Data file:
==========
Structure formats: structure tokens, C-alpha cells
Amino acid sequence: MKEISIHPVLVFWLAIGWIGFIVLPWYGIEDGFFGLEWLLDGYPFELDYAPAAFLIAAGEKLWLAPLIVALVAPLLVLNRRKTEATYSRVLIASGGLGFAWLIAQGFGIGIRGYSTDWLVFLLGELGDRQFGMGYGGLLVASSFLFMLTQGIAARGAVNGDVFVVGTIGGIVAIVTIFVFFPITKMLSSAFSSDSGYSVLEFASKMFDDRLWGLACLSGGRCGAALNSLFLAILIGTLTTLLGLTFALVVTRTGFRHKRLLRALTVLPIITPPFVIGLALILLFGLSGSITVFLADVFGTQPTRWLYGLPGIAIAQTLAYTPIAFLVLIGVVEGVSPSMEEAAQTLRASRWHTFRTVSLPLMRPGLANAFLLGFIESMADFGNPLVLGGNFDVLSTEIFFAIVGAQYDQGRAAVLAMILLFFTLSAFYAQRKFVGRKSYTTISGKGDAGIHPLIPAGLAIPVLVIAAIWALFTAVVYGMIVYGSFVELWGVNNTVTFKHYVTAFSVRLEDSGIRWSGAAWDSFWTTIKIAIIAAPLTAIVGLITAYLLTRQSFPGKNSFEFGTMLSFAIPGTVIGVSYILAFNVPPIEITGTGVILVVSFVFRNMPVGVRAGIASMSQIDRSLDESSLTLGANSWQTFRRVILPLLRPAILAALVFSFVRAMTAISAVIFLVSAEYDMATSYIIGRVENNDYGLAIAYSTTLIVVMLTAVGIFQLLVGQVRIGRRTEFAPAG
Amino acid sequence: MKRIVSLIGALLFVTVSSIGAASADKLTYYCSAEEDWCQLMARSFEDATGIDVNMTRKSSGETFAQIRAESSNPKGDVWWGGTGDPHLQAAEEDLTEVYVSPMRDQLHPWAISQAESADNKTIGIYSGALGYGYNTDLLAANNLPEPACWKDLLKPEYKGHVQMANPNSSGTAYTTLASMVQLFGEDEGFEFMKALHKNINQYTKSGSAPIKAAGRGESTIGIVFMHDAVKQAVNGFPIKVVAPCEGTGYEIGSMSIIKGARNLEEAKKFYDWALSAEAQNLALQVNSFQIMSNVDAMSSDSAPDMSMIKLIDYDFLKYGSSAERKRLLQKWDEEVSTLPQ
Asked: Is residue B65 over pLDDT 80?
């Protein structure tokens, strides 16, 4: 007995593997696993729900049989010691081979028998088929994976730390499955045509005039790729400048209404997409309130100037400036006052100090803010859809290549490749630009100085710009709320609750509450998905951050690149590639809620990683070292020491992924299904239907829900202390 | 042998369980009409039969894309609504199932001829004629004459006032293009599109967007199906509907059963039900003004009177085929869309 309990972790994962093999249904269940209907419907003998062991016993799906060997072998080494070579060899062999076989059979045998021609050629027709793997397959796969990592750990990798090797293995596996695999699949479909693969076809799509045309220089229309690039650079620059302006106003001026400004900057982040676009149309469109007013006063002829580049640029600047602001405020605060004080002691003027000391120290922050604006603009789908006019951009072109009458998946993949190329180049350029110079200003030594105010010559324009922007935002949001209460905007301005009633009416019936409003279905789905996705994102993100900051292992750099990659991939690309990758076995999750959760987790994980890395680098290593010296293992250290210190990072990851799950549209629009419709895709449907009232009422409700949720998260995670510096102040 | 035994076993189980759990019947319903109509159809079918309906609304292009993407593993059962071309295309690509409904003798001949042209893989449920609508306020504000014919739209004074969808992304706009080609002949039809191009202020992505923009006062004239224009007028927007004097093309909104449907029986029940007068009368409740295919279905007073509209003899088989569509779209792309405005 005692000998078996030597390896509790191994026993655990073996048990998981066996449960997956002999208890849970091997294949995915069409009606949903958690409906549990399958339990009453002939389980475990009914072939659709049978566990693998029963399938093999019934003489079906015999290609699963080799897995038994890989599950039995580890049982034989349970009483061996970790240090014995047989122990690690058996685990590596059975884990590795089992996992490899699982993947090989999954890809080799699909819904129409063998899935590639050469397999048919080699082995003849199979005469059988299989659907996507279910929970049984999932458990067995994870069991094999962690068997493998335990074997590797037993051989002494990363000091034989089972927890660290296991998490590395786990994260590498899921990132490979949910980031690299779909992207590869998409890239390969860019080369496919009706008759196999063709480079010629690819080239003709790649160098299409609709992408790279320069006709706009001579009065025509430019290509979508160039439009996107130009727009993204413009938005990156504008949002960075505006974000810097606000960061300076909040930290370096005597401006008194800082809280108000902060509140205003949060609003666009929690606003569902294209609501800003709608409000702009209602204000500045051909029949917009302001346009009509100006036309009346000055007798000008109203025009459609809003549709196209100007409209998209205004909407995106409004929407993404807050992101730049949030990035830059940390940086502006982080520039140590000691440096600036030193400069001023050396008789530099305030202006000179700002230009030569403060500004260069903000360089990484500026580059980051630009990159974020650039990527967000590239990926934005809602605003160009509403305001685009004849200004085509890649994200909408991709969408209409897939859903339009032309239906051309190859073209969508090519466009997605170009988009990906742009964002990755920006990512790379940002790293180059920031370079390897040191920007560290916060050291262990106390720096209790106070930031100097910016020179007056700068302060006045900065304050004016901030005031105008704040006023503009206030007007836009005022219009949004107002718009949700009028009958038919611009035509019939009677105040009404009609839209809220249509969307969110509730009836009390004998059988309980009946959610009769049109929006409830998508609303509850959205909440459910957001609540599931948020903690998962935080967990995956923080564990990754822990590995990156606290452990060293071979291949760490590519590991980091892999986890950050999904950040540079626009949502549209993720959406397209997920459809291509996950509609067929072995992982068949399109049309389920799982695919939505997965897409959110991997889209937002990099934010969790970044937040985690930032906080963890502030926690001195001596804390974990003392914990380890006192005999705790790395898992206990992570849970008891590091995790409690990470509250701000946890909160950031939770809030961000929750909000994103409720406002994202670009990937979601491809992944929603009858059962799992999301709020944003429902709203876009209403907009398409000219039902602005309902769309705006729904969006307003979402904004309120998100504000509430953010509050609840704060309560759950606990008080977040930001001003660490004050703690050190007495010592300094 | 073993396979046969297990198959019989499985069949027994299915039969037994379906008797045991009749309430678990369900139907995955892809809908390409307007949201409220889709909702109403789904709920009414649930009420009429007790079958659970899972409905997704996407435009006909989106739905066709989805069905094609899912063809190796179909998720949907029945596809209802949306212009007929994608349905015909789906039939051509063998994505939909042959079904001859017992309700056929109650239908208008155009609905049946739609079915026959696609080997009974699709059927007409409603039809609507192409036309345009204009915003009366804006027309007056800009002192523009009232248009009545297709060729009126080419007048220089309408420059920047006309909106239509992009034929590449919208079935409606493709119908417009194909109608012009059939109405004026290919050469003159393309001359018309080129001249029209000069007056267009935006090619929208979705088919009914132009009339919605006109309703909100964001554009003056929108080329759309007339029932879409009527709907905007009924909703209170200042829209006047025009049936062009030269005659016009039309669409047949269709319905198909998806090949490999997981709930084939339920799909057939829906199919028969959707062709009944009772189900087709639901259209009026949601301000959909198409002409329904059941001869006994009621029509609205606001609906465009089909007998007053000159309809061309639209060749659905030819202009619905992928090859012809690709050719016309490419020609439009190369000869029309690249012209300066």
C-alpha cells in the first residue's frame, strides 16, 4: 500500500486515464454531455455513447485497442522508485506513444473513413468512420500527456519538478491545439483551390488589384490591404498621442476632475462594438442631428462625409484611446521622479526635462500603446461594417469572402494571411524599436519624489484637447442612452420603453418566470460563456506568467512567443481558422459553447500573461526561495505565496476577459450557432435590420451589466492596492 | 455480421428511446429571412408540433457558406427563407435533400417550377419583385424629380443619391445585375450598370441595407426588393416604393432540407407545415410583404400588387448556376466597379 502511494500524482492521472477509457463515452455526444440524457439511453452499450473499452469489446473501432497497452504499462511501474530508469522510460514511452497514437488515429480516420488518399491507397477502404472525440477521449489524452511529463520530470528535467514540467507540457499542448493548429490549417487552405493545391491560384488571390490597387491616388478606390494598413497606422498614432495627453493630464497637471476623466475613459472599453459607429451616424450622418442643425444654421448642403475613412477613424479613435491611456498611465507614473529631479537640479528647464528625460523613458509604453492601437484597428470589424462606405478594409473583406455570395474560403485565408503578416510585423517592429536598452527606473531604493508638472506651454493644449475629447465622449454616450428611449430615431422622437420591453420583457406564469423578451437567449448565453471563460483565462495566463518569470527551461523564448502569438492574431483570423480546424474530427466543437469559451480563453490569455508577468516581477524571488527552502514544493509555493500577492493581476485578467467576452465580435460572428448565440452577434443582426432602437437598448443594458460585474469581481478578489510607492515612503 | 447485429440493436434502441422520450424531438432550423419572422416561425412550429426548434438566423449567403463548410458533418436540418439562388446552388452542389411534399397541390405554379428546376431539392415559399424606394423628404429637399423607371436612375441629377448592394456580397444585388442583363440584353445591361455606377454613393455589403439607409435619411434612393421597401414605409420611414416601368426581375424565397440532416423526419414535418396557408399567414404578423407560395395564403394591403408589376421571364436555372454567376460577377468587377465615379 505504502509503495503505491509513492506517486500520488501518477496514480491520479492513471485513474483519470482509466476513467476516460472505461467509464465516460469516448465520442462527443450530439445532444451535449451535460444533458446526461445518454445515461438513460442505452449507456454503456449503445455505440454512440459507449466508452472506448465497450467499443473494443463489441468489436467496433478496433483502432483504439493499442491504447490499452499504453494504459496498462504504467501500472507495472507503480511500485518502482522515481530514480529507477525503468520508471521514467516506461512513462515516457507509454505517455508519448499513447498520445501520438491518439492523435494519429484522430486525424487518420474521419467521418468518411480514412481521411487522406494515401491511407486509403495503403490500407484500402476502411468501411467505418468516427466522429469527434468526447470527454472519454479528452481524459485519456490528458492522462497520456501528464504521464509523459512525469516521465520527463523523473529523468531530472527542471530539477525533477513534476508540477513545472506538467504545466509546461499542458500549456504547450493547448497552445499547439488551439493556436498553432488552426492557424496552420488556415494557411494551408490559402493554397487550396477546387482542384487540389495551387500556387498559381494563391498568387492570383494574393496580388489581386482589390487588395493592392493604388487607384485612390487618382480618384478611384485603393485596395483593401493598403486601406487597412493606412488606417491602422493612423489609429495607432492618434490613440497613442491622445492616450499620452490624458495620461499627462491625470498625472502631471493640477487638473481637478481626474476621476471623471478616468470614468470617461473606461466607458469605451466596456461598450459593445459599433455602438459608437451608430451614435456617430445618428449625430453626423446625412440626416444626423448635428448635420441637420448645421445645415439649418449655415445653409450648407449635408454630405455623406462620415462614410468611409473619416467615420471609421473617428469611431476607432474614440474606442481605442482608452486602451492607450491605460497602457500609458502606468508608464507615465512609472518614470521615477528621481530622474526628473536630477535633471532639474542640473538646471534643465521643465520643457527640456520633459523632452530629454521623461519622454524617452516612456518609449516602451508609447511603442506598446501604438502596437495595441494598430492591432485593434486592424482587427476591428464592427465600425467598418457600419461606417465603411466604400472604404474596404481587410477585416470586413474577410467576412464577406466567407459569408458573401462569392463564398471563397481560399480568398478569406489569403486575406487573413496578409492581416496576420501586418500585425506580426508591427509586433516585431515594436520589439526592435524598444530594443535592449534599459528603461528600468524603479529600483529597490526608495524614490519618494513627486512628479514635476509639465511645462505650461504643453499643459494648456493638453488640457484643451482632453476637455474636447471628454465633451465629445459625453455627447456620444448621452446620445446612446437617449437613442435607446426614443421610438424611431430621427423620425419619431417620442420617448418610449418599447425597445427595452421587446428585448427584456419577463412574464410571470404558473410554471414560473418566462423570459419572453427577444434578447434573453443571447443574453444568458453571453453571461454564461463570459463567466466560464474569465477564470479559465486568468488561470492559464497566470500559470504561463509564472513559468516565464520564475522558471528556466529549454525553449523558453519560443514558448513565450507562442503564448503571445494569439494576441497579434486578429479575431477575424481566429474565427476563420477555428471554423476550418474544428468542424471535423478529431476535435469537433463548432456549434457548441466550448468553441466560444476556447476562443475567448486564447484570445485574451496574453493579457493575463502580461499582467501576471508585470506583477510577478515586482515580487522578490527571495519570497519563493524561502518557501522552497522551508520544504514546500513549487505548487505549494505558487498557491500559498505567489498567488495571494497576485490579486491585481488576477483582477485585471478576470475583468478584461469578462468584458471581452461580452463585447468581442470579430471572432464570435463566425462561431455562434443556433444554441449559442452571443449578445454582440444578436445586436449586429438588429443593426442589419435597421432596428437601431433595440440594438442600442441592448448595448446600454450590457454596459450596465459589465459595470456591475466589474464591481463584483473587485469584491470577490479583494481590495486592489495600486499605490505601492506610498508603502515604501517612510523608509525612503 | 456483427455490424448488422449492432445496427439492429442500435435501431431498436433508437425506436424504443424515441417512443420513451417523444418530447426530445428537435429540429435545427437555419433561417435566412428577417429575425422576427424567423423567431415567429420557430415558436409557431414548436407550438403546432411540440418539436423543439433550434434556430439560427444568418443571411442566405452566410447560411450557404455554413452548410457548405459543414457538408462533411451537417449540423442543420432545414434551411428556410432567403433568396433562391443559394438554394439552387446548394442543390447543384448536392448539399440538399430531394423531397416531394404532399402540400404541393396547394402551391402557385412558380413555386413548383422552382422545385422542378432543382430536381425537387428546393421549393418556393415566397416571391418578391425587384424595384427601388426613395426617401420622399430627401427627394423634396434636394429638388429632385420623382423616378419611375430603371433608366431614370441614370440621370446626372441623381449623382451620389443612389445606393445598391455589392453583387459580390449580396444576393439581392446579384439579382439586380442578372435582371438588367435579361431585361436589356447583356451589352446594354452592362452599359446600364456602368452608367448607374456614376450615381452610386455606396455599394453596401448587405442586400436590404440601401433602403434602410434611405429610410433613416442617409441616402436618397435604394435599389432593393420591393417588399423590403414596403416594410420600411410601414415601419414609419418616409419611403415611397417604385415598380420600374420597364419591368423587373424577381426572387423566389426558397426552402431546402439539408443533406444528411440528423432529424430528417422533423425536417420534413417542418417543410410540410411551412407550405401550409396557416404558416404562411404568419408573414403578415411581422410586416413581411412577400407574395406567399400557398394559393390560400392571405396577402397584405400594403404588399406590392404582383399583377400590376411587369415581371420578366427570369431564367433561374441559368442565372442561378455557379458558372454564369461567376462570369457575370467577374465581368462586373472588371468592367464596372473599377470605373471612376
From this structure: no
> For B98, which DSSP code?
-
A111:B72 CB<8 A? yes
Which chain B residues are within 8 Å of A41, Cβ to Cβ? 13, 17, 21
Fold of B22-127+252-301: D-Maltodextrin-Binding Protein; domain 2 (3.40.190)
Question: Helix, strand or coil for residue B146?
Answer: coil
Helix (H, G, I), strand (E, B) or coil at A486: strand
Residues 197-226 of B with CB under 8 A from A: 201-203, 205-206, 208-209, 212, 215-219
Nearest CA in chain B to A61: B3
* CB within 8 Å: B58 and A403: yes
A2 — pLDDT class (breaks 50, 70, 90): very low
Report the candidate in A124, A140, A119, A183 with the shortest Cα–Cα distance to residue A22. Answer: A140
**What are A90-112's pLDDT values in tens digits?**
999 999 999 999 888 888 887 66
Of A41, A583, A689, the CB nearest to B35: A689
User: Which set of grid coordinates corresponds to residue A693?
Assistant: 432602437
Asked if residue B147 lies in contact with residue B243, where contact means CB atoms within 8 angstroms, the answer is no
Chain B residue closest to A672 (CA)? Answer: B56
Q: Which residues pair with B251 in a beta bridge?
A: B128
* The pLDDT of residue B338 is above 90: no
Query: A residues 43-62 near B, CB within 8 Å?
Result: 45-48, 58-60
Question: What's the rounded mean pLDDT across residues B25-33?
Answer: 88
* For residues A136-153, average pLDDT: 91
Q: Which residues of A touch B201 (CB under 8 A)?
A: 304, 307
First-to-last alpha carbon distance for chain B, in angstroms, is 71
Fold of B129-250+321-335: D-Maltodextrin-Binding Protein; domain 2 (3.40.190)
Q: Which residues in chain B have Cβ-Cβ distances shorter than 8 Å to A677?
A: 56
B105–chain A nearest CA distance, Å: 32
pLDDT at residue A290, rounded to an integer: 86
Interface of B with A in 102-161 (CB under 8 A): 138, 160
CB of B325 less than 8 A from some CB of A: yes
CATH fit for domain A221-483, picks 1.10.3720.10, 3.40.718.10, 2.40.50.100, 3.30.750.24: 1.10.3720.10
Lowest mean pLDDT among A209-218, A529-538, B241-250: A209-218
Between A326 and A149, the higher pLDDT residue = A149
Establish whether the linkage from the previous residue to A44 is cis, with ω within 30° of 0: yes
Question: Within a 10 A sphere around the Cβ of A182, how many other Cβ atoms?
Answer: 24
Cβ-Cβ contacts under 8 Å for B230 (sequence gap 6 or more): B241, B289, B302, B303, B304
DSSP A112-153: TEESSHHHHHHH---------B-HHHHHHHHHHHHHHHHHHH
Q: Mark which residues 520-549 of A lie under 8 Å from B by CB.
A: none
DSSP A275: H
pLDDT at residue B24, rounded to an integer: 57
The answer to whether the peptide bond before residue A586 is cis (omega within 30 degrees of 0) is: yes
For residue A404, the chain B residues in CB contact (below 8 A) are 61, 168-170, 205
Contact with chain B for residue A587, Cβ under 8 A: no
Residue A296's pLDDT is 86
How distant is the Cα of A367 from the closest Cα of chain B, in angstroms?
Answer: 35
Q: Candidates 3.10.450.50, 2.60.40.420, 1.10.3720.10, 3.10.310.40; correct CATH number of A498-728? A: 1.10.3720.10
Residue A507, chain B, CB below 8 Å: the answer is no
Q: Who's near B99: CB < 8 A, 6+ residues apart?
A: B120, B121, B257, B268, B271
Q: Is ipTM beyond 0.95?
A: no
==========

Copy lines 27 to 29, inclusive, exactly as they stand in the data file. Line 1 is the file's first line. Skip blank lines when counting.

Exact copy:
Chain B residue closest to A672 (CA)? Answer: B56
Q: Which residues pair with B251 in a beta bridge?
A: B128